Threat intelligence firm Record Future, which published the study this week, has developed tools for detecting and analyzing operations by nation-states, and has been tracking the new phenomenon.
Coining the term “fishwrap,” the group says the disinformation network could be acting independently — or as part of a foreign government.
“Somehow we haven’t seen any way that they are trying to monetize what they’re doing,” Recorded Future Co-Founder Staffan Truve told YFi PM.
“So our assumption is that the people doing this are either a state-sponsored actor,” or a politically inspired group, he said.
Recorded Future said it discovered this network when it used software designed to hunt for influence operations by foreign governments. The organization then began to spot a pattern.
“We’ve been seeing this roughly starting in March last year and including the European Union elections, so of course this could be a campaign as part of a larger attempt to manipulate the election results in the European Union,” Truve said.
He added that “it’s a classic fear, uncertainty and doubt campaign where they are spreading old stories...and the only motive we can really see is to spread fear.”
Ahead of the 2020 election, fears are widening about foreign powers using social media accounts to exploit political divisions. Over the last year, Twitter has suspended thousands of phony accounts, at least some of which were linked to Russia.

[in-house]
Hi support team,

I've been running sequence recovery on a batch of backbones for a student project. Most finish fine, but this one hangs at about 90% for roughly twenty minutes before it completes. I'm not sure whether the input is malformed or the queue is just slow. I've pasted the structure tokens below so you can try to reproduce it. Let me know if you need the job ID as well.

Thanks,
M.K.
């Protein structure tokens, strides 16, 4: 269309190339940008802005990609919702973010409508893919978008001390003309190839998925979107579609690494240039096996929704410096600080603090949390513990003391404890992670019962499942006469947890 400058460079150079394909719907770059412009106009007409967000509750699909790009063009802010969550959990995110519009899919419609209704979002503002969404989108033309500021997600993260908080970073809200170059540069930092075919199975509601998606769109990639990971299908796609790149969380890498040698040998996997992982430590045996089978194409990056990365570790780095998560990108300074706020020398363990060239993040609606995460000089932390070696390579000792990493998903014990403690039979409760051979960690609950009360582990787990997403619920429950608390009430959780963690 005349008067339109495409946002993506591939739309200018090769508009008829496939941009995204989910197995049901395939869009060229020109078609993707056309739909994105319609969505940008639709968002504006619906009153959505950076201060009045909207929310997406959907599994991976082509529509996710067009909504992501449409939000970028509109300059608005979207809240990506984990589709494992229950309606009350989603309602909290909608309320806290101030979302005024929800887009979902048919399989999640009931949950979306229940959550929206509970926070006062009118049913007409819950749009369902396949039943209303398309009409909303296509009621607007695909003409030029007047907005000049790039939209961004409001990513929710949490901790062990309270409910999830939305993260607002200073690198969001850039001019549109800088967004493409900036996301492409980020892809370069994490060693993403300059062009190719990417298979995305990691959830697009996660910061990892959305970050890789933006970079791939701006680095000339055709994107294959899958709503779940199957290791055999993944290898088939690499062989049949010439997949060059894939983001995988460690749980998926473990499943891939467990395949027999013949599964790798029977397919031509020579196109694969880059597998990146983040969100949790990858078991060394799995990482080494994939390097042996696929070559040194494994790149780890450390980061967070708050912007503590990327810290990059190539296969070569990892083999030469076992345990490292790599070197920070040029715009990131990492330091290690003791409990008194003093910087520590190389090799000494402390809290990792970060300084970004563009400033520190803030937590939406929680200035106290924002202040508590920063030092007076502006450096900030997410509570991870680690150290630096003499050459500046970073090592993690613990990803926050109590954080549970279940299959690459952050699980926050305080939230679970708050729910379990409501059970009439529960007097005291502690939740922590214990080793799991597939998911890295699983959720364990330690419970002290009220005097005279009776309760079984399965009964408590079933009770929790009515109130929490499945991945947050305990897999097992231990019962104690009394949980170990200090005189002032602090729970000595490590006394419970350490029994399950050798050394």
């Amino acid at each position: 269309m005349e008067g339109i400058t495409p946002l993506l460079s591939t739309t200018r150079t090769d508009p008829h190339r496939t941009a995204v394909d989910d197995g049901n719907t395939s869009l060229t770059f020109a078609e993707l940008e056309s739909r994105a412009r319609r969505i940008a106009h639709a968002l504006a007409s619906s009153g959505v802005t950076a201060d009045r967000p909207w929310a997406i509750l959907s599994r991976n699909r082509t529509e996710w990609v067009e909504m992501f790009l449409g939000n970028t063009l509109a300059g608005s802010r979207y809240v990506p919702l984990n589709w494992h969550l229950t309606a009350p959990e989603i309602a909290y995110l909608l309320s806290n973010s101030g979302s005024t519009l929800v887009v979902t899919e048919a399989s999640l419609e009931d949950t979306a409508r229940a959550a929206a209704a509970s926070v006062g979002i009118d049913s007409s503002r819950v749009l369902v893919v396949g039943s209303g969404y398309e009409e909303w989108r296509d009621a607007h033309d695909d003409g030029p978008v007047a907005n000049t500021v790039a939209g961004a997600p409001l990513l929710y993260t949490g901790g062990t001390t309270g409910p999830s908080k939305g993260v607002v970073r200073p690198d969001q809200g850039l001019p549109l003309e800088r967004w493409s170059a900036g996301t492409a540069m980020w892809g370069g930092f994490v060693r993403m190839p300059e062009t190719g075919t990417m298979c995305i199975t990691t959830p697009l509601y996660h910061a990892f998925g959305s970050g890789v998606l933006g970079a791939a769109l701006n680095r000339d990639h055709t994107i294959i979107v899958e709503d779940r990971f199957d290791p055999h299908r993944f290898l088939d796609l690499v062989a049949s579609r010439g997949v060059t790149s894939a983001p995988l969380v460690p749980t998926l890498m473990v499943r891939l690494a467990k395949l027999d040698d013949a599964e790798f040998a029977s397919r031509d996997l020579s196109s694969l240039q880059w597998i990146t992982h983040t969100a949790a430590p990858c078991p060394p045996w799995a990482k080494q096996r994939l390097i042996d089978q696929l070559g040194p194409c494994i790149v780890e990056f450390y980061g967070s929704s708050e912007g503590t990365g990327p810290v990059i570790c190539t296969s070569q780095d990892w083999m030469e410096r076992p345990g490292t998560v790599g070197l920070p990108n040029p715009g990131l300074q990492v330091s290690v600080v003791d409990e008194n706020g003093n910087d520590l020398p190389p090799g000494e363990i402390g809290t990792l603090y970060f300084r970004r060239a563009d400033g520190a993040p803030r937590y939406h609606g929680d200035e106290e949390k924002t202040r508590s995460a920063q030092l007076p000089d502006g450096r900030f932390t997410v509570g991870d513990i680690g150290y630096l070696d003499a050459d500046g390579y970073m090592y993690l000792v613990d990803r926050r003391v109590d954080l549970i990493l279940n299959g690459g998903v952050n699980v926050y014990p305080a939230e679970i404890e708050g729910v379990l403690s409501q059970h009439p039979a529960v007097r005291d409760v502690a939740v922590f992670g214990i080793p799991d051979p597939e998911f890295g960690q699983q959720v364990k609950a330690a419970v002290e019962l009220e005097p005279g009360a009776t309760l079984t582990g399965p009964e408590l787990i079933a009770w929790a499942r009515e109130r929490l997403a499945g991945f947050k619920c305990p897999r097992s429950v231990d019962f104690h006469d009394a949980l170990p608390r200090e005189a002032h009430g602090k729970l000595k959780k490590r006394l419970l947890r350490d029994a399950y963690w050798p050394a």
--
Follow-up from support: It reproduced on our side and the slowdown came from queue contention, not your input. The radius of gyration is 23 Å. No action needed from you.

Record Future said the players behind the fishwrap scheme also use a special group of URL shorteners that can track how many people click on their bait. The firm tracked more than 215 social media accounts over the past year that were linked to this scheme, all of which used the same code that could track their effectiveness.
The URL technology could be used to help the suspects isolate words and images that draw in the most users or repeat users.
Truvé’s company found profiles like a user called “The Football Babe,” which reused images from the Paris terror attack in November 2015 to spread the news of a fake attack in March of this year.
“You get a fearful response,” Truve continued.
“You get people retweeting. It’s very hard to say what is the end result impact of this,” he added. “Since it is mostly targeting a European audience, most of these bold events they are talking about are terror events in the UK, Germany and France.”
But whatever the motive, a deeper dive by The Daily Beast found commonalities in the language used across Fishwrap.
While “drone” was the most frequently used word in tweets, with six thousand occurrences, words like “attack,” “Trump,” and “terror” were also recurring. And the implications of these accounts could have a big impact online.
“These guys are running a professional operation,” Truvé said. “They keep track of their results, see how many clicks they can get and of course there’s some demographics of the people who are following this and reading it,” he added.
“This could be in preparation for a future operation where once you’ve established followers to these accounts, you could start spreading genuinely fake news,” he warned.